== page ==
This Giving Tuesday, November 29th, after spending quality time gorging comfort foods with family and friends and waddling around like penguins from store to store, don’t forget to set aside some of your stash for the forests, rivers, and wildlife that sustain us with the food we eat, the air we breathe, and the water we drink.
Founded as a response to the commercialization and consumerism of the holiday season, Giving Tuesday, the international day of charitable giving, is integral to nonprofits, providing concentrated support from people who donate to the causes they care about. Because we live in a capitalistic society, we vote with the dollar. It is our hope that more people choose to invest their hard-earned money into community resources that help to improve our physical and social environment.
Non-profits provide a way for people to bypass politics and bureaucracies and work together for the common good. These are the organizations that directly provide things like food for the hungry, opportunities for children, arts for communities, and protection for the environment.
Here at EPIC, we may be small, but we continue to wrangle some big accomplishments. In the last year, we have helped to protect:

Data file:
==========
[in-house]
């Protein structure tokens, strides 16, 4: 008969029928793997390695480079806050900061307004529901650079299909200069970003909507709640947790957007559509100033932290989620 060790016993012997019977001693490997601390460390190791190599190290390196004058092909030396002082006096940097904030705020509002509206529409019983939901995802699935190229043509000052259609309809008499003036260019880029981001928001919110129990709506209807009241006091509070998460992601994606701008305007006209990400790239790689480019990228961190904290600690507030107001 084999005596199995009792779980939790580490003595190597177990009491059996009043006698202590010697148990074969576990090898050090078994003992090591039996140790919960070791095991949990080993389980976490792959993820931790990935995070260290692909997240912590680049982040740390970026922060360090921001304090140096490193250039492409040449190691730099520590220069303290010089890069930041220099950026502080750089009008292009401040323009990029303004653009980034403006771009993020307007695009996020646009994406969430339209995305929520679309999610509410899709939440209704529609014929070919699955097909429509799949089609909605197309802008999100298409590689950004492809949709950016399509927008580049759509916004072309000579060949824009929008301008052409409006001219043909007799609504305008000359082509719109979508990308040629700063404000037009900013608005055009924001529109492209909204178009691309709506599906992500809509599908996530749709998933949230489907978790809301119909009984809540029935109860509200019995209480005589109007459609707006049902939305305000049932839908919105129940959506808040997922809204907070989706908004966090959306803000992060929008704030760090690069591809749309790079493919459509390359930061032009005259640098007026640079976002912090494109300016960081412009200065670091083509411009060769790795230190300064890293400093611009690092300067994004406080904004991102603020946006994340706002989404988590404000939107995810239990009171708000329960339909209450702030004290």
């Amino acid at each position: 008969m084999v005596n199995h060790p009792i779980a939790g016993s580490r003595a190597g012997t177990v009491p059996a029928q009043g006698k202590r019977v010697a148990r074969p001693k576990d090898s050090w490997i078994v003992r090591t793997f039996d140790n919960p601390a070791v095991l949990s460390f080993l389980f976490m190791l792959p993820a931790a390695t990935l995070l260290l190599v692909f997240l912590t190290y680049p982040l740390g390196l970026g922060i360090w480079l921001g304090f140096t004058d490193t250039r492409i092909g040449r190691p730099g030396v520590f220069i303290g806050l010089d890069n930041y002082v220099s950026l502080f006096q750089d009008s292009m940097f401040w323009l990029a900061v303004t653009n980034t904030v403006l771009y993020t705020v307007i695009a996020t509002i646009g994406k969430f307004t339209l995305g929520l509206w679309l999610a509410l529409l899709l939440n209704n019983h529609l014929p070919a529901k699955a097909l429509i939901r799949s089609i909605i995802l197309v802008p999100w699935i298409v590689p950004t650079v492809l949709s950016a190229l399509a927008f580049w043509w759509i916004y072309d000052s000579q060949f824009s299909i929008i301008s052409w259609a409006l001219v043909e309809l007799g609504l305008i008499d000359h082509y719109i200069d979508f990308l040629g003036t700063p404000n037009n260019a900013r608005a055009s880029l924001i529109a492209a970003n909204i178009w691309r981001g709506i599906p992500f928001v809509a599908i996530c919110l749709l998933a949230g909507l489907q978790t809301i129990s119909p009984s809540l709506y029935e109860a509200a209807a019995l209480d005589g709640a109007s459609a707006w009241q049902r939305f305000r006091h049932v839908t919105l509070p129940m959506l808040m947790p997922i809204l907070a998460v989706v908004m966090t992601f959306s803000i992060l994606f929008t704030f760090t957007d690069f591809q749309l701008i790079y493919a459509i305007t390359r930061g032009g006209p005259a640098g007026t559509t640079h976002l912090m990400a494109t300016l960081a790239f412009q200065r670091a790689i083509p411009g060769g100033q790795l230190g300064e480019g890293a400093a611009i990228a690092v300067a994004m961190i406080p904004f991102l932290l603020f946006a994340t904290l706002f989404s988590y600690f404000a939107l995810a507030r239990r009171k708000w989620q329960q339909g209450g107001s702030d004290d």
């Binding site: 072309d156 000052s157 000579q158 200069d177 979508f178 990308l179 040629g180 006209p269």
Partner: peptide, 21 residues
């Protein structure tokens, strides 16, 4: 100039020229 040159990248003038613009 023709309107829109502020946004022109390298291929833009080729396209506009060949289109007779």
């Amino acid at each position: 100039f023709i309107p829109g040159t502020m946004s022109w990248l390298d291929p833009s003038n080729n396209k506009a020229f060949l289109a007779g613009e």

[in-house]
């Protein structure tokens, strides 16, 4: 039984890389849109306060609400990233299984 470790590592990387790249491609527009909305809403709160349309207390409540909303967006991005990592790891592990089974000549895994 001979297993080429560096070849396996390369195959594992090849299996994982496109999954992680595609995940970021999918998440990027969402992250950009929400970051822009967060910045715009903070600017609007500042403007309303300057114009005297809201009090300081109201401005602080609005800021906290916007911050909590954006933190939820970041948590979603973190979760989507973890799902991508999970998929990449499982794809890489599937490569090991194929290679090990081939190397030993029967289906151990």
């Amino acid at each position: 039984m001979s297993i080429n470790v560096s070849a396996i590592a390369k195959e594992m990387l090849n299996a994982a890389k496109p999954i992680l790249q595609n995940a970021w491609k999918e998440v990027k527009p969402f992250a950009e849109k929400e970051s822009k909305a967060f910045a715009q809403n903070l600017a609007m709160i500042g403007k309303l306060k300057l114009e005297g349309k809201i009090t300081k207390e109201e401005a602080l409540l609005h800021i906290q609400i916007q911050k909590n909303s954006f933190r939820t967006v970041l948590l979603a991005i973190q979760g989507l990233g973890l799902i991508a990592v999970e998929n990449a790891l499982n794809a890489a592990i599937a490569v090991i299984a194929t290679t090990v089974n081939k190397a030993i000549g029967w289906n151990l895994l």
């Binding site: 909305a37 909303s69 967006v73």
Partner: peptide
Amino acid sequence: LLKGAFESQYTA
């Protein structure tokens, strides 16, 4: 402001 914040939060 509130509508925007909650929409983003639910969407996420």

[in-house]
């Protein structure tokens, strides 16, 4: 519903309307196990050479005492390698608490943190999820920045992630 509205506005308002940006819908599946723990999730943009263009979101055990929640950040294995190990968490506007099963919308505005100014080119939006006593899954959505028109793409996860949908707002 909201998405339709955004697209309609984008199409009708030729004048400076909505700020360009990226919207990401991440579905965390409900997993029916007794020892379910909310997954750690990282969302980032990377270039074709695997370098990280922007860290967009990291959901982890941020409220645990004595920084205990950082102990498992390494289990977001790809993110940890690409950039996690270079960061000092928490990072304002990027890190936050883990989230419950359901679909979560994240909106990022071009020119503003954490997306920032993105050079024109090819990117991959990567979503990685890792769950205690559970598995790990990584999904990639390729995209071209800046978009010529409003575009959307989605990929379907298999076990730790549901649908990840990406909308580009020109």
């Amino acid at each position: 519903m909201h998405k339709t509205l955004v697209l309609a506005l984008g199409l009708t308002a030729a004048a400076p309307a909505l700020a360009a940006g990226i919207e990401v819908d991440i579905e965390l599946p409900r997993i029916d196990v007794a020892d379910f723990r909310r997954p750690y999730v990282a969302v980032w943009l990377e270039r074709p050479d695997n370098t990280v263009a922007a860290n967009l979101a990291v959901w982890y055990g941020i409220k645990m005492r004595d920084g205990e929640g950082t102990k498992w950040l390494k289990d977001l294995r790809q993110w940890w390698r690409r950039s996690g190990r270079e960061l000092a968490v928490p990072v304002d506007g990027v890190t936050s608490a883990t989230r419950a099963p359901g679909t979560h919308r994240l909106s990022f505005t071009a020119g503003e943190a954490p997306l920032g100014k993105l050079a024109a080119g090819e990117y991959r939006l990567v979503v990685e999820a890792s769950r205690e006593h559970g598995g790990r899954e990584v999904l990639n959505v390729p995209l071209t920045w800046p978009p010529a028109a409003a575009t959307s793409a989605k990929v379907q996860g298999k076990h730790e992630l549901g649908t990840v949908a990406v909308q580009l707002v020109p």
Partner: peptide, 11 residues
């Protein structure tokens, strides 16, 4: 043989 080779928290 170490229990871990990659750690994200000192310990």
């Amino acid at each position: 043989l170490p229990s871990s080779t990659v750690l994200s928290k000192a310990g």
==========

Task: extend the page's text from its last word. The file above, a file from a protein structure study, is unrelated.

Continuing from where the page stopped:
Wildlife and mature forests on public lands by commenting on ALL of the timber sales that were proposed in the Klamath, Shasta-Trinity, Six Rivers and Mendocino National Forests,
Endangered coho salmon in the Shasta River by filing a lawsuit challenging the Shasta safe harbor agreement that has authorized take permits for irrigators,
Jackson Demonstration State Forest by working with lawmakers, local tribes, and forest activists to halt logging, develop a management plan, and to advocate for tribal management of the forest,
Pacific fishers by filing a lawsuit against the U.S. Fish and Wildlife Service asking Endangered Species Act protections for fishers,
Humboldt County from herbicide spraying by pressuring the Board of Supervisors to adopt a policy that will prevent attempts by PG&E, Caltrans, and other from spraying herbicides without our consent, and
One of Mendocino County’s four currently active bald eagle nests from PG&E chainsaws by launching an action alert that sent hundreds of emails to PG&E demanding for the tree to be left standing.
Think of us as your local environmental law enforcement group that goes after large crooked corporations and corrupt government agencies, except we provide this service for a donation instead of being provided tax funds like other law enforcement agencies.
We work for the voiceless. In our line of work, it is so important to celebrate the wins, and we are grateful for our supporters who help us reach these goals! It takes people power and when we work together, we can make a difference. But it would not be possible without you.
Please make a donation today! Give what you can to support EPIC and other essential organizations.
For the wild!